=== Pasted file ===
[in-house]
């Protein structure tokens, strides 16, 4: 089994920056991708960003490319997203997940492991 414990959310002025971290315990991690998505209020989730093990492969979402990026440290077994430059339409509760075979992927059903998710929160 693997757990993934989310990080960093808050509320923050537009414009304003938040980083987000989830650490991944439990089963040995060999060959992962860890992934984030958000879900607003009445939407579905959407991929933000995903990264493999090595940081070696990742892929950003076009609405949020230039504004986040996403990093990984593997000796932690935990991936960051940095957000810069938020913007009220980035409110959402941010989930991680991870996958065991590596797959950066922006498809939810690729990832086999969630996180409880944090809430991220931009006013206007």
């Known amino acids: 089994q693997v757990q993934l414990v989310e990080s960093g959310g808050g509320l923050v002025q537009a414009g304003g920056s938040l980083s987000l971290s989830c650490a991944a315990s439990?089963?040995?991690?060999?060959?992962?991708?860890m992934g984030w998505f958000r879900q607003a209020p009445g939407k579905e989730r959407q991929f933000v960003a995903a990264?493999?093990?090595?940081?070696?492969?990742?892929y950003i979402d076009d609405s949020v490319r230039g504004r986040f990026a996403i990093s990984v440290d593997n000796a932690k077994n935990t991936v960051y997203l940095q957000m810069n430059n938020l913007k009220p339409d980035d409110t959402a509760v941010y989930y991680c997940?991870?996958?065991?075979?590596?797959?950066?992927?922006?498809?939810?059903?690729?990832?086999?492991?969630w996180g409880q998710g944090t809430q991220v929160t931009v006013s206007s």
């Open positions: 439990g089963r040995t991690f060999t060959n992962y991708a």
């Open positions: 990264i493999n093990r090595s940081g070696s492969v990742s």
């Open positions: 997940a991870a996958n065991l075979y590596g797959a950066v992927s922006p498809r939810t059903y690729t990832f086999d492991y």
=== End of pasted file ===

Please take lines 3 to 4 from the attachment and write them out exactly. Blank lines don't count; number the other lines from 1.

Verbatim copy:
């Known amino acids: 089994q693997v757990q993934l414990v989310e990080s960093g959310g808050g509320l923050v002025q537009a414009g304003g920056s938040l980083s987000l971290s989830c650490a991944a315990s439990?089963?040995?991690?060999?060959?992962?991708?860890m992934g984030w998505f958000r879900q607003a209020p009445g939407k579905e989730r959407q991929f933000v960003a995903a990264?493999?093990?090595?940081?070696?492969?990742?892929y950003i979402d076009d609405s949020v490319r230039g504004r986040f990026a996403i990093s990984v440290d593997n000796a932690k077994n935990t991936v960051y997203l940095q957000m810069n430059n938020l913007k009220p339409d980035d409110t959402a509760v941010y989930y991680c997940?991870?996958?065991?075979?590596?797959?950066?992927?922006?498809?939810?059903?690729?990832?086999?492991?969630w996180g409880q998710g944090t809430q991220v929160t931009v006013s206007s």
């Open positions: 439990g089963r040995t991690f060999t060959n992962y991708a």